Montreal ‘smart factory’ aims to demonstrate potential of warehouse automation
By Jacob SerebrinOperations Manufacturing smart factory
MONTREAL – As a robotic arm at a Montreal demonstration facility attempts to pick up a small box, it senses that it doesn’t have a good grip, puts the package down, adjusts and tries again.
The robot, at Deloitte Canada’s Smart Factory in Montreal, is not only operating on its own, picking differently sized items off a pallet, it’s also learning from the experience.
Deloitte, a business consulting firm, plans to bring clients to the facility – which it bills as the first of its kind in Canada – to show them what’s possible with new technologies and allow them to better adapt to labour shortages and supply chain disruptions.
“The more efficient we can make your operations, the more flexible you’ll be to adapt to disruptions and shocks that may occur in the supply chain in the future,” said Alan Taliaferro, a partner at Deloitte Canada and the leader of the Montreal Smart Factory, which officially opens on Thursday.
The technologies on display during a visit this week were developed by 20 different companies, he said, in addition to technology developed in house by Deloitte.
The $8-million facility is the fourth of its kind in the world, said Genevieve Provost, the company’s managing partner for Quebec and the Ottawa region. There are similar demonstration facilities in the United States, Japan and Germany, she said, but the Montreal location is unique because its main focus is warehousing. Provost said Deloitte’s clients are increasingly looking for advice on how they can prepare for the future.
Much of the new technology at the facility is enabled by advances in computer vision, which has “radically changed” where robots can be used and allowed them to work closer to humans, Taliaferro said.
Computer vision advancements also allow automated systems to receive goods – scanning incoming pallets and detecting the number of packages and whether any are damaged – as they’re unloaded from a truck by an automated forklift.
That forklift can then place a pallet onto a self-driving robot, called an AGV or automated guided vehicle, which moves them into position to be unloaded by the robotic arm. The arm uses vision technology to “see” the packages.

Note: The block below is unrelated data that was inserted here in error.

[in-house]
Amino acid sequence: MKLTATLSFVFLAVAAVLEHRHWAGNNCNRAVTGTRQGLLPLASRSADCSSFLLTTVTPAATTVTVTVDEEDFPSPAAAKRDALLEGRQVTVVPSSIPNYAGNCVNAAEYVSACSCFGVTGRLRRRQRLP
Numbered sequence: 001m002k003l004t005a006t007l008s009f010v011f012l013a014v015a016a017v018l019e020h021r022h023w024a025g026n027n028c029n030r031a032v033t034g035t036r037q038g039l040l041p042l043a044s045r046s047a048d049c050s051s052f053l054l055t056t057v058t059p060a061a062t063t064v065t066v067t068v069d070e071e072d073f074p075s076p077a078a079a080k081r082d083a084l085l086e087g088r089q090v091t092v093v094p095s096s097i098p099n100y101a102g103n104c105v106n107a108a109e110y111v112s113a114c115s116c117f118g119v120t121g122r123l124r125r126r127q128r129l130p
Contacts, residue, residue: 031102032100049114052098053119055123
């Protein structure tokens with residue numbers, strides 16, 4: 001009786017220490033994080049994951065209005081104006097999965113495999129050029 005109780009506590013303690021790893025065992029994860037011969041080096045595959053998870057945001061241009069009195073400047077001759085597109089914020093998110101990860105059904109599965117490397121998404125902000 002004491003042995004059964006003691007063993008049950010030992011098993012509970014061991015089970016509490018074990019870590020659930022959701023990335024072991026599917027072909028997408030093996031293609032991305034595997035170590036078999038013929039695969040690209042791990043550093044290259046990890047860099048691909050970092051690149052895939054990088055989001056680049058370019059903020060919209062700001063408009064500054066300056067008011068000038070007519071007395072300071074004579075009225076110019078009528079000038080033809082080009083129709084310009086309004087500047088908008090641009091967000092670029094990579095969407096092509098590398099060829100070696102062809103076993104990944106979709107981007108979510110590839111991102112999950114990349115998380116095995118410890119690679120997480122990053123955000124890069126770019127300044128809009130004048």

“That helps the robot know what tool is required to pick up that box or where exactly to position itself in order to get that product in exactly the right spot,” Taliaferro said, adding that the robots can also “learn” from repeated operations.
“If you pick up that product 100 times, and one time you were a little bit too far to the right and the product fell, the robot and the vision system can remember that and learn from those mistakes,” he said.
Other systems on display include a storage system with no aisles, where plastic tote boxes are stored vertically. On top of the storage space, more than a metre high, small robots drive around, lifting the totes up and moving them to a station on the edge of the structure. That’s where a human _ or another robot _ would take the specific item out of the tote and place it on a conveyor belt to be packaged and shipped to a customer.
The system takes less space than traditional storage, Taliaferro said, and reduces the number of workers needed by 75 per cent, because they no longer need to walk around looking for items.
Veronique Proulx, the CEO of manufacturing industry association Manufacturiers et Exportateurs du Quebec, said the smart factory “could be interesting” for her members.
While large manufacturers in Quebec have invested in automation, the province’s small and medium-sized manufacturing companies have been slower to adopt new technologies, she said in an interview.
Proulx said she recently spoke with the owner of a factory who said he didn’t think automation technology was available for his company.
“I said, ‘Does it not apply, or you’re not aware of what is available?’ And he said, ‘Well, that’s a good question, technology evolves so fast we don’t always know where to find it,”’ she recalled.
The managers of small and medium-sized factories tend to have many responsibilities, she added, making it challenging for them to stay on top of what technologies they may want to implement and who can help them plan that adoption.
Proulx said automation can also help manufacturers – as well as warehouse operators – adapt to Quebec’s labour shortage. Finding entry-level workers is the biggest challenge, she said, making automation attractive because it reduces the need for those workers. Those jobs that remain require higher-skilled workers who are easier to attract because their working conditions and pay are better, she said.
But smaller companies need to see the results of investments in new technologies, which can be expensive. To pay for those investments, businesses may want to run their plants 24-7, which can be a challenge as companies struggle to hire people to work nights and weekends.
“Automation and putting in robots doesn’t solve everything around labour shortages, but for sure, it does increase your productivity,” she said. “It does reduce the impact of labour shortages.”
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